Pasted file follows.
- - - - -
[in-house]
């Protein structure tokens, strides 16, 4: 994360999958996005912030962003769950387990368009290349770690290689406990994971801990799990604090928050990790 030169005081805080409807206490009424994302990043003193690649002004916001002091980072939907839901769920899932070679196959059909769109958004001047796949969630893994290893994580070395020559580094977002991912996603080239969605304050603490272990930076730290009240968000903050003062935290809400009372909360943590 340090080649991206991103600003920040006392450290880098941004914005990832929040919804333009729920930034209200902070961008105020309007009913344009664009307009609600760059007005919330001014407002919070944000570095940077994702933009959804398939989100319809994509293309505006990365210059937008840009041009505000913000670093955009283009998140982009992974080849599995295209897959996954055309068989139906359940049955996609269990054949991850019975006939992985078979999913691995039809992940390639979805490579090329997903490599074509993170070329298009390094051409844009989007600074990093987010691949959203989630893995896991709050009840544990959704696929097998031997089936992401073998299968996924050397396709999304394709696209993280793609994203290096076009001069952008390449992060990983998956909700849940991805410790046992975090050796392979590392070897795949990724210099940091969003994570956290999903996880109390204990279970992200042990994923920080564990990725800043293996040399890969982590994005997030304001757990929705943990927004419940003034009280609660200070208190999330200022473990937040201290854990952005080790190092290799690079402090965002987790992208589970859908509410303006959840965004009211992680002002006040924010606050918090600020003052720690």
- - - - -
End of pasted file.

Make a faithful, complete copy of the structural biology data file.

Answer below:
[in-house]
């Protein structure tokens, strides 16, 4: 994360999958996005912030962003769950387990368009290349770690290689406990994971801990799990604090928050990790 030169005081805080409807206490009424994302990043003193690649002004916001002091980072939907839901769920899932070679196959059909769109958004001047796949969630893994290893994580070395020559580094977002991912996603080239969605304050603490272990930076730290009240968000903050003062935290809400009372909360943590 340090080649991206991103600003920040006392450290880098941004914005990832929040919804333009729920930034209200902070961008105020309007009913344009664009307009609600760059007005919330001014407002919070944000570095940077994702933009959804398939989100319809994509293309505006990365210059937008840009041009505000913000670093955009283009998140982009992974080849599995295209897959996954055309068989139906359940049955996609269990054949991850019975006939992985078979999913691995039809992940390639979805490579090329997903490599074509993170070329298009390094051409844009989007600074990093987010691949959203989630893995896991709050009840544990959704696929097998031997089936992401073998299968996924050397396709999304394709696209993280793609994203290096076009001069952008390449992060990983998956909700849940991805410790046992975090050796392979590392070897795949990724210099940091969003994570956290999903996880109390204990279970992200042990994923920080564990990725800043293996040399890969982590994005997030304001757990929705943990927004419940003034009280609660200070208190999330200022473990937040201290854990952005080790190092290799690079402090965002987790992208589970859908509410303006959840965004009211992680002002006040924010606050918090600020003052720690």